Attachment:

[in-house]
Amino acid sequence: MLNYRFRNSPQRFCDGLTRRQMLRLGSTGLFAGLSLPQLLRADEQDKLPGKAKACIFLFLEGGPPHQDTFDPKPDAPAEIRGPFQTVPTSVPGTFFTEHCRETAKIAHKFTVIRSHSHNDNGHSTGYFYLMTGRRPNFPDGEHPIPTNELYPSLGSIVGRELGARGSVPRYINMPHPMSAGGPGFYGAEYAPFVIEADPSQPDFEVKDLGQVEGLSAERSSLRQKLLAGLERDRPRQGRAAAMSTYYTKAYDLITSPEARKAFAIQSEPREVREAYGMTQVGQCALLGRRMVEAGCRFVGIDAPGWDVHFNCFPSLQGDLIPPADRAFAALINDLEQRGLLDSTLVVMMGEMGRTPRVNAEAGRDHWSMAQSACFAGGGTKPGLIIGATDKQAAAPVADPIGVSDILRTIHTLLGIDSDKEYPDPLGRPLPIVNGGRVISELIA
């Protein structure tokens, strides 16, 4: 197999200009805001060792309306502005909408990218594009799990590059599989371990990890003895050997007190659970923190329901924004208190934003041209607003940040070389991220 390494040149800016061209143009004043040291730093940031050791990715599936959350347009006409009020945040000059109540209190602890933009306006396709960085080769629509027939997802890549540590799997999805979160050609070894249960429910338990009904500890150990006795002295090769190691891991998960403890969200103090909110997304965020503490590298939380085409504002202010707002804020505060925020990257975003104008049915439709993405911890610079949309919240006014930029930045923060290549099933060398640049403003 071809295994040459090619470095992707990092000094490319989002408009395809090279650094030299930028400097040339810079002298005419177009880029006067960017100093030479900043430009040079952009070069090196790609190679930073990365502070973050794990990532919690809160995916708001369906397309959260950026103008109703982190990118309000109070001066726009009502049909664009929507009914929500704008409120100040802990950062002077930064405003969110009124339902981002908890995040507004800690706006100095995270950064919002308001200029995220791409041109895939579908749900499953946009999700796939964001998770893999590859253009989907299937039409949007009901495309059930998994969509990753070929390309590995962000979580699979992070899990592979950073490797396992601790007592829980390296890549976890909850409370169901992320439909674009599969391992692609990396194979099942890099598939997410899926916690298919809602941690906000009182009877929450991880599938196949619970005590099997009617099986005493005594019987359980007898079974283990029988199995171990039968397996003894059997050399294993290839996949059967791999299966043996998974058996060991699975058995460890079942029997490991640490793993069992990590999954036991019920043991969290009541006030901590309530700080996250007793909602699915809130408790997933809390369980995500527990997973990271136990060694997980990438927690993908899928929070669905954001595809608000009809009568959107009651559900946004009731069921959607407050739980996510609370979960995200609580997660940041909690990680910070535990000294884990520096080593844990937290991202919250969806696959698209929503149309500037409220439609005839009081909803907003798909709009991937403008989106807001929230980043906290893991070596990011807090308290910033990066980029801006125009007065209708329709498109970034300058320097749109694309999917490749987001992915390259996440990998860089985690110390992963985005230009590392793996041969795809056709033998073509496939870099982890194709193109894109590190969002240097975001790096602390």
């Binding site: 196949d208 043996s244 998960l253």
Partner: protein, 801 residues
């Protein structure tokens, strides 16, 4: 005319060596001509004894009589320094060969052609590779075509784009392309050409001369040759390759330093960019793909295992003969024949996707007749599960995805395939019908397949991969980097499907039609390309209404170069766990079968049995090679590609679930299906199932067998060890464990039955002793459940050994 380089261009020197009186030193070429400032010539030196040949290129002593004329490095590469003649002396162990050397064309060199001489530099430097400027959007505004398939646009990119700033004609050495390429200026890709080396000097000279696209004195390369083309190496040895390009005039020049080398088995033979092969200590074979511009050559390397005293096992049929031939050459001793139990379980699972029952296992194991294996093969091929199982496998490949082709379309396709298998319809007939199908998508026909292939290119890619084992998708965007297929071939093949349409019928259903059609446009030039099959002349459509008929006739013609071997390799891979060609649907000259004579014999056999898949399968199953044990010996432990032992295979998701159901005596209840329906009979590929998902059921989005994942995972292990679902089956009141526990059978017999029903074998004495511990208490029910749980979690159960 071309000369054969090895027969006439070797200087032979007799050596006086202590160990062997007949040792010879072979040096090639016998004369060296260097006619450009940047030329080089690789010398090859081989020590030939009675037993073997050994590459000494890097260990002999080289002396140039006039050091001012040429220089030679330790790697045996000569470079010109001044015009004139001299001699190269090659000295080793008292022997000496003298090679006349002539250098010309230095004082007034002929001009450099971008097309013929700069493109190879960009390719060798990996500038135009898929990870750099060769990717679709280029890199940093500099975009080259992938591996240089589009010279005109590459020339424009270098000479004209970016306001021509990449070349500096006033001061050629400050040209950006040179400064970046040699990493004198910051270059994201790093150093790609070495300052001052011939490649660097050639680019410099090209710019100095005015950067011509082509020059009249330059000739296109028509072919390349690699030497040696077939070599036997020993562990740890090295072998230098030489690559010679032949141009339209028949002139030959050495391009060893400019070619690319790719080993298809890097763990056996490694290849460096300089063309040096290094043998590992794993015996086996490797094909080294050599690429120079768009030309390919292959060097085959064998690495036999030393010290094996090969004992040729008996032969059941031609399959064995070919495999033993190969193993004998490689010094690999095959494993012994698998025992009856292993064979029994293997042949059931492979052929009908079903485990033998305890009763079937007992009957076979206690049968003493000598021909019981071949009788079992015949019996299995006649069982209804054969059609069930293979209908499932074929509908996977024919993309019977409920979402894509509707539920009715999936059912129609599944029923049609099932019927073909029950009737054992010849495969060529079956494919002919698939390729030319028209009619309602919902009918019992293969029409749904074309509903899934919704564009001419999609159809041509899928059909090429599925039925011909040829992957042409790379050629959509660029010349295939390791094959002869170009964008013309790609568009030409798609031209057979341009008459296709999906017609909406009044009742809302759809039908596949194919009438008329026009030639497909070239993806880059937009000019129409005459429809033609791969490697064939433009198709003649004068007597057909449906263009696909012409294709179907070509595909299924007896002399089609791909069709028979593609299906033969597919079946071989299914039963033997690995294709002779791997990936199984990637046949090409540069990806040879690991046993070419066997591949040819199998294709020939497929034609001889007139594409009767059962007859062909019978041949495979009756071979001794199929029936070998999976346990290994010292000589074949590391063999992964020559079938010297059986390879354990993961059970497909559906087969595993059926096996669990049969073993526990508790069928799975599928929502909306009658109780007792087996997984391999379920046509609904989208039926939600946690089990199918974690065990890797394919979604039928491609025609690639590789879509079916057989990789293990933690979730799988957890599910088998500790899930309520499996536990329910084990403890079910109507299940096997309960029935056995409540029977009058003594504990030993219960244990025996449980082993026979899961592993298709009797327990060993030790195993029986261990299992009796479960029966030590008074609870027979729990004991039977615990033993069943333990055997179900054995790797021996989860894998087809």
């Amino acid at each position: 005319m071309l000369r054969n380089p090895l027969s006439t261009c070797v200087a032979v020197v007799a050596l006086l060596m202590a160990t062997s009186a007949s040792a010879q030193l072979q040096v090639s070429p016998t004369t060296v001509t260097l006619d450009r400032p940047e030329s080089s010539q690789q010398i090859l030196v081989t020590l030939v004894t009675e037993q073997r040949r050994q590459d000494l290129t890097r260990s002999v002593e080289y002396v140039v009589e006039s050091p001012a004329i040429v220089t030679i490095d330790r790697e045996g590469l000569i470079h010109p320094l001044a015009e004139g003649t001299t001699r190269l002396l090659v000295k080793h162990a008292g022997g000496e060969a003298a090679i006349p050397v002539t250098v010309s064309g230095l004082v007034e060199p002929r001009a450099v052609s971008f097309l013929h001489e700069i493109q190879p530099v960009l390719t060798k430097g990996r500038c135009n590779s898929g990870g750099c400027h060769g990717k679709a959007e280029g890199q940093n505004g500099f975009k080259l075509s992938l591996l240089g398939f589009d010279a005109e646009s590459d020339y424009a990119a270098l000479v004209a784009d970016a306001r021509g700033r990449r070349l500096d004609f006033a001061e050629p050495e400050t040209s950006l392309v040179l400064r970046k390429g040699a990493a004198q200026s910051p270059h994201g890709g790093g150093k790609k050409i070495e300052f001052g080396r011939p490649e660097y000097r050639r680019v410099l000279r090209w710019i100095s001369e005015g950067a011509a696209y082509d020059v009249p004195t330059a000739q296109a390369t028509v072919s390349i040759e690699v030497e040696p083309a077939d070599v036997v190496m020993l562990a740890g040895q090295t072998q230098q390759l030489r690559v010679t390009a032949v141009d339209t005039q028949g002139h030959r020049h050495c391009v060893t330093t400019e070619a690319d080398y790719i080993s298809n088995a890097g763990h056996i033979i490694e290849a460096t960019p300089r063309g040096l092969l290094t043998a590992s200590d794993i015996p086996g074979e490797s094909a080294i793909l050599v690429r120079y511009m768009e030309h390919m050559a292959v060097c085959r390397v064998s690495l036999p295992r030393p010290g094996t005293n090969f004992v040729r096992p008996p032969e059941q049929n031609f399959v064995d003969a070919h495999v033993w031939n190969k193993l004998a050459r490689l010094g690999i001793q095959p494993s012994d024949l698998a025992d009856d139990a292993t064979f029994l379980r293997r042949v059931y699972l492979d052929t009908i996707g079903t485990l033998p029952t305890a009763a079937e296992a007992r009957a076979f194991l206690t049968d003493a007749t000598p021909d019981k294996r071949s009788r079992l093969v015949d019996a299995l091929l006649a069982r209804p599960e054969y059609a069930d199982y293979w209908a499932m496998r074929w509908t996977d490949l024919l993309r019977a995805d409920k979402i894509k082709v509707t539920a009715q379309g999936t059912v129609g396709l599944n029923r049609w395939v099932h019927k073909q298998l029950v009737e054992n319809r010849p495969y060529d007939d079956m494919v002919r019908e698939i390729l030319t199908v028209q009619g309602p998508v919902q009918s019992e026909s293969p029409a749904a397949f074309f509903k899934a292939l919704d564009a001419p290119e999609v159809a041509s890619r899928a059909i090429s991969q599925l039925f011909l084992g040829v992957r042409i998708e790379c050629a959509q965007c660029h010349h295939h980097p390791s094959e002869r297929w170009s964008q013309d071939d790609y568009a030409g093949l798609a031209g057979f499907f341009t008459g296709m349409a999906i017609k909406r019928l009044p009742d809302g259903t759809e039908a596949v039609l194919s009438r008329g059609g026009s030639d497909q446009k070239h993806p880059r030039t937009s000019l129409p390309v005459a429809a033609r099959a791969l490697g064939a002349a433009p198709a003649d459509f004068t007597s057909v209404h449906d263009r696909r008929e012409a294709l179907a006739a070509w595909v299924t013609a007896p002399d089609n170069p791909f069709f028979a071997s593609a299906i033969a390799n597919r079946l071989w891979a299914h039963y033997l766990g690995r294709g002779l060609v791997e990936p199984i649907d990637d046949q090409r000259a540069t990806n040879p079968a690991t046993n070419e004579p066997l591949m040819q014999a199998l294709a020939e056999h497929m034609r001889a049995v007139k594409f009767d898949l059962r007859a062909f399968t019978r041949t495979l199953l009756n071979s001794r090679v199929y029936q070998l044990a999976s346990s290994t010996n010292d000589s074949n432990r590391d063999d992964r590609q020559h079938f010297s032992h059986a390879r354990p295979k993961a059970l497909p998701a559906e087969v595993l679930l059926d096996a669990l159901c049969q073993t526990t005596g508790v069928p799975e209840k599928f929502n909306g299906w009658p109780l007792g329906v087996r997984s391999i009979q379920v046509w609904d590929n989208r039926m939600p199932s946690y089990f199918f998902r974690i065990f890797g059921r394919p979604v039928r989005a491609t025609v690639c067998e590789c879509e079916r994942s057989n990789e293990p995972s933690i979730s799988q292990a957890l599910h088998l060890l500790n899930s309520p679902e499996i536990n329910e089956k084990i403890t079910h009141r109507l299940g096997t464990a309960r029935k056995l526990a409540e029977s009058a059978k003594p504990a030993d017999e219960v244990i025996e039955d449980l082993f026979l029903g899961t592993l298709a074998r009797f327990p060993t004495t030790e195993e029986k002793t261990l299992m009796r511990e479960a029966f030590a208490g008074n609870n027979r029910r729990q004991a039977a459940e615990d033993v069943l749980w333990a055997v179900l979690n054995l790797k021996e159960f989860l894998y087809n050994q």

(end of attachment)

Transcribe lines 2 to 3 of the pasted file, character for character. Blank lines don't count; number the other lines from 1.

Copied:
Amino acid sequence: MLNYRFRNSPQRFCDGLTRRQMLRLGSTGLFAGLSLPQLLRADEQDKLPGKAKACIFLFLEGGPPHQDTFDPKPDAPAEIRGPFQTVPTSVPGTFFTEHCRETAKIAHKFTVIRSHSHNDNGHSTGYFYLMTGRRPNFPDGEHPIPTNELYPSLGSIVGRELGARGSVPRYINMPHPMSAGGPGFYGAEYAPFVIEADPSQPDFEVKDLGQVEGLSAERSSLRQKLLAGLERDRPRQGRAAAMSTYYTKAYDLITSPEARKAFAIQSEPREVREAYGMTQVGQCALLGRRMVEAGCRFVGIDAPGWDVHFNCFPSLQGDLIPPADRAFAALINDLEQRGLLDSTLVVMMGEMGRTPRVNAEAGRDHWSMAQSACFAGGGTKPGLIIGATDKQAAAPVADPIGVSDILRTIHTLLGIDSDKEYPDPLGRPLPIVNGGRVISELIA
């Protein structure tokens, strides 16, 4: 197999200009805001060792309306502005909408990218594009799990590059599989371990990890003895050997007190659970923190329901924004208190934003041209607003940040070389991220 390494040149800016061209143009004043040291730093940031050791990715599936959350347009006409009020945040000059109540209190602890933009306006396709960085080769629509027939997802890549540590799997999805979160050609070894249960429910338990009904500890150990006795002295090769190691891991998960403890969200103090909110997304965020503490590298939380085409504002202010707002804020505060925020990257975003104008049915439709993405911890610079949309919240006014930029930045923060290549099933060398640049403003 071809295994040459090619470095992707990092000094490319989002408009395809090279650094030299930028400097040339810079002298005419177009880029006067960017100093030479900043430009040079952009070069090196790609190679930073990365502070973050794990990532919690809160995916708001369906397309959260950026103008109703982190990118309000109070001066726009009502049909664009929507009914929500704008409120100040802990950062002077930064405003969110009124339902981002908890995040507004800690706006100095995270950064919002308001200029995220791409041109895939579908749900499953946009999700796939964001998770893999590859253009989907299937039409949007009901495309059930998994969509990753070929390309590995962000979580699979992070899990592979950073490797396992601790007592829980390296890549976890909850409370169901992320439909674009599969391992692609990396194979099942890099598939997410899926916690298919809602941690906000009182009877929450991880599938196949619970005590099997009617099986005493005594019987359980007898079974283990029988199995171990039968397996003894059997050399294993290839996949059967791999299966043996998974058996060991699975058995460890079942029997490991640490793993069992990590999954036991019920043991969290009541006030901590309530700080996250007793909602699915809130408790997933809390369980995500527990997973990271136990060694997980990438927690993908899928929070669905954001595809608000009809009568959107009651559900946004009731069921959607407050739980996510609370979960995200609580997660940041909690990680910070535990000294884990520096080593844990937290991202919250969806696959698209929503149309500037409220439609005839009081909803907003798909709009991937403008989106807001929230980043906290893991070596990011807090308290910033990066980029801006125009007065209708329709498109970034300058320097749109694309999917490749987001992915390259996440990998860089985690110390992963985005230009590392793996041969795809056709033998073509496939870099982890194709193109894109590190969002240097975001790096602390």